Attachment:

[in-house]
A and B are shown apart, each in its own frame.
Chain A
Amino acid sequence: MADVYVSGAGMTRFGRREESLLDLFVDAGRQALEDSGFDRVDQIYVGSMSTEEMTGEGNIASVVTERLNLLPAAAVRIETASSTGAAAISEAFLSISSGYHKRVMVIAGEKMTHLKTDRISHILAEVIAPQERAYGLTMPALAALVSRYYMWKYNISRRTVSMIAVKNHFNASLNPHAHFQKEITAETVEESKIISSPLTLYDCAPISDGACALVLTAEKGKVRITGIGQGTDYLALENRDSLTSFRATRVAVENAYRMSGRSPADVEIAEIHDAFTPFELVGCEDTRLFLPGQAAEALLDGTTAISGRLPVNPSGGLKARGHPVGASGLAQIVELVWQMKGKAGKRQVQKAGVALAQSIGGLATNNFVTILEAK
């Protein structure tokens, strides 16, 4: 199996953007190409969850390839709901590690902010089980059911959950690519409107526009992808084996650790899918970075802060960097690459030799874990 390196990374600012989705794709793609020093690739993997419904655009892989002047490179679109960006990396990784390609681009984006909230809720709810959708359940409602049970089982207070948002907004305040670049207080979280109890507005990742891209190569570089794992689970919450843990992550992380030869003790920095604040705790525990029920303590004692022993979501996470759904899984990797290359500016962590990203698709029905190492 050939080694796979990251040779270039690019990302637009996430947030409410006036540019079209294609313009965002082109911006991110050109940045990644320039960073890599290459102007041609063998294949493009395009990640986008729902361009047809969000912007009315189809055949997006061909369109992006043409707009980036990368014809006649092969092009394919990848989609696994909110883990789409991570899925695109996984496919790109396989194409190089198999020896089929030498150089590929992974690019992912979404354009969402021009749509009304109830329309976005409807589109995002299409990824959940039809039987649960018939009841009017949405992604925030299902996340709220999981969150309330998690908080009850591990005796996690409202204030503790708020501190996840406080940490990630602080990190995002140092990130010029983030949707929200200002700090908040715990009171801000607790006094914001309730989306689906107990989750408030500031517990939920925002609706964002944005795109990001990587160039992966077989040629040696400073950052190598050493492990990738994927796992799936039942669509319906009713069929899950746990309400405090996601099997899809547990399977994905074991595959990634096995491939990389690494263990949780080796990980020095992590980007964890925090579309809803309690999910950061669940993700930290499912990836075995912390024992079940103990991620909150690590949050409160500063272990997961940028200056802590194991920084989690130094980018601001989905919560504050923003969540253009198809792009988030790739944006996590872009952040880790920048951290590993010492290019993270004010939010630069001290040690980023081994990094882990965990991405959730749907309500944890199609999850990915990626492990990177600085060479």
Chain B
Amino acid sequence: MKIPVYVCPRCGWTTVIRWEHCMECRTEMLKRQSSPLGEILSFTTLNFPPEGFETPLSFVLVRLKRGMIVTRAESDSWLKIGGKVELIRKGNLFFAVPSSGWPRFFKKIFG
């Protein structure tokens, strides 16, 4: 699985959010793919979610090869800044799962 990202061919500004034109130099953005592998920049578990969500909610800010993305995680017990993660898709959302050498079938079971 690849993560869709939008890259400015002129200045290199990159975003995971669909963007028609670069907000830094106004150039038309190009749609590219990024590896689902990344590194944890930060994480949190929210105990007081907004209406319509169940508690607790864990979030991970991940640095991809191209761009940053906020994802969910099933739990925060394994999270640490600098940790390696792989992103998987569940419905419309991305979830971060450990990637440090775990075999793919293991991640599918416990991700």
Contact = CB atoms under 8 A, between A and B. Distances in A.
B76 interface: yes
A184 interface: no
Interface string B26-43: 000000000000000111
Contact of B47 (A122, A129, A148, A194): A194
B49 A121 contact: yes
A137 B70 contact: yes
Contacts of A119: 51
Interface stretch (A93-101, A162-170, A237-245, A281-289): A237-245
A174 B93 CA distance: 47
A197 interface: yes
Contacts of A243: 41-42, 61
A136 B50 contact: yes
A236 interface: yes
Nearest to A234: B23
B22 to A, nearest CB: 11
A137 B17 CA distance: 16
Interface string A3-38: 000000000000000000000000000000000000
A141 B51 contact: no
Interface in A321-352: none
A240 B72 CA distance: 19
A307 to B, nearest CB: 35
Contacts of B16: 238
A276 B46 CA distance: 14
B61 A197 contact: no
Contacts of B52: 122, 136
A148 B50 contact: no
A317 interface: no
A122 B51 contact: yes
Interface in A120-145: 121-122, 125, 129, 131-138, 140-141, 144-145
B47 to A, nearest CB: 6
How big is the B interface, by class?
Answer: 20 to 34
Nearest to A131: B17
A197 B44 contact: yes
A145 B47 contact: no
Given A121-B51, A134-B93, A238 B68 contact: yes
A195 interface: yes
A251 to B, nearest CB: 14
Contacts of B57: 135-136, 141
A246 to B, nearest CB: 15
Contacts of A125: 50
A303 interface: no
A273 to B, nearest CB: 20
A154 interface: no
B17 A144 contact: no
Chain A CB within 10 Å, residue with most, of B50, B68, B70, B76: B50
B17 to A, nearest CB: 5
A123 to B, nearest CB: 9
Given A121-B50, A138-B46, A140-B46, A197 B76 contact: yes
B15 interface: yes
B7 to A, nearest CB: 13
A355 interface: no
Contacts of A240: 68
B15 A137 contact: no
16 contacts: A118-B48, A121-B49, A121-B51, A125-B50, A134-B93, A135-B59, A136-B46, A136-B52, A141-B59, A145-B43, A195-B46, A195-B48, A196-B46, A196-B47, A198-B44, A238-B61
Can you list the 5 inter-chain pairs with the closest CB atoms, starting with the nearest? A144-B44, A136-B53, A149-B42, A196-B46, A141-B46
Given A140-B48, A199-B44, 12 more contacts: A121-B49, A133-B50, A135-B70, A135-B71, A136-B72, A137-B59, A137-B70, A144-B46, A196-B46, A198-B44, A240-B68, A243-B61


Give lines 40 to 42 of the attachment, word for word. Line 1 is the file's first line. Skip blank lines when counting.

How big is the B interface, by class?
Answer: 20 to 34
Nearest to A131: B17